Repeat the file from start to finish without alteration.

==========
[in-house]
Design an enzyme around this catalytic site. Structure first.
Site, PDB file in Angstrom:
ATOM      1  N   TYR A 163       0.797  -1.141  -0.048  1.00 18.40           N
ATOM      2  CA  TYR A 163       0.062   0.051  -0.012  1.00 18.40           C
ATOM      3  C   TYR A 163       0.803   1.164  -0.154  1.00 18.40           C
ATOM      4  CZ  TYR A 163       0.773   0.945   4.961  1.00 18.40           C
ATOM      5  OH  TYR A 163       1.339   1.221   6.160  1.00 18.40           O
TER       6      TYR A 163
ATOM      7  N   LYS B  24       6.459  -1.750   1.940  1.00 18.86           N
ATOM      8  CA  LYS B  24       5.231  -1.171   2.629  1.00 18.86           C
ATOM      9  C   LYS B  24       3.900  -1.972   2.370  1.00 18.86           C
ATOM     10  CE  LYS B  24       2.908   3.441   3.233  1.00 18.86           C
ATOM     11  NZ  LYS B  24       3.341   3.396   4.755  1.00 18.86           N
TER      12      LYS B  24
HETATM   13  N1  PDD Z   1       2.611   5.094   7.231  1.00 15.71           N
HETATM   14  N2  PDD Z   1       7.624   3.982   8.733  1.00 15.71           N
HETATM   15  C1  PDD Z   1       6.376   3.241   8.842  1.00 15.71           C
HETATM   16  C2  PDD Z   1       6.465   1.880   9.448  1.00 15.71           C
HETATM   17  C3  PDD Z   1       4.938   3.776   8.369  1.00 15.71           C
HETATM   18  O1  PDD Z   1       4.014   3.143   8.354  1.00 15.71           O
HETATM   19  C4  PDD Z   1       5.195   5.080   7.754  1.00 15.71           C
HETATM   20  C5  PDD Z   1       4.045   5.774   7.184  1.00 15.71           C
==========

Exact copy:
[in-house]
Design an enzyme around this catalytic site. Structure first.
Site, PDB file in Angstrom:
ATOM      1  N   TYR A 163       0.797  -1.141  -0.048  1.00 18.40           N
ATOM      2  CA  TYR A 163       0.062   0.051  -0.012  1.00 18.40           C
ATOM      3  C   TYR A 163       0.803   1.164  -0.154  1.00 18.40           C
ATOM      4  CZ  TYR A 163       0.773   0.945   4.961  1.00 18.40           C
ATOM      5  OH  TYR A 163       1.339   1.221   6.160  1.00 18.40           O
TER       6      TYR A 163
ATOM      7  N   LYS B  24       6.459  -1.750   1.940  1.00 18.86           N
ATOM      8  CA  LYS B  24       5.231  -1.171   2.629  1.00 18.86           C
ATOM      9  C   LYS B  24       3.900  -1.972   2.370  1.00 18.86           C
ATOM     10  CE  LYS B  24       2.908   3.441   3.233  1.00 18.86           C
ATOM     11  NZ  LYS B  24       3.341   3.396   4.755  1.00 18.86           N
TER      12      LYS B  24
HETATM   13  N1  PDD Z   1       2.611   5.094   7.231  1.00 15.71           N
HETATM   14  N2  PDD Z   1       7.624   3.982   8.733  1.00 15.71           N
HETATM   15  C1  PDD Z   1       6.376   3.241   8.842  1.00 15.71           C
HETATM   16  C2  PDD Z   1       6.465   1.880   9.448  1.00 15.71           C
HETATM   17  C3  PDD Z   1       4.938   3.776   8.369  1.00 15.71           C
HETATM   18  O1  PDD Z   1       4.014   3.143   8.354  1.00 15.71           O
HETATM   19  C4  PDD Z   1       5.195   5.080   7.754  1.00 15.71           C
HETATM   20  C5  PDD Z   1       4.045   5.774   7.184  1.00 15.71           C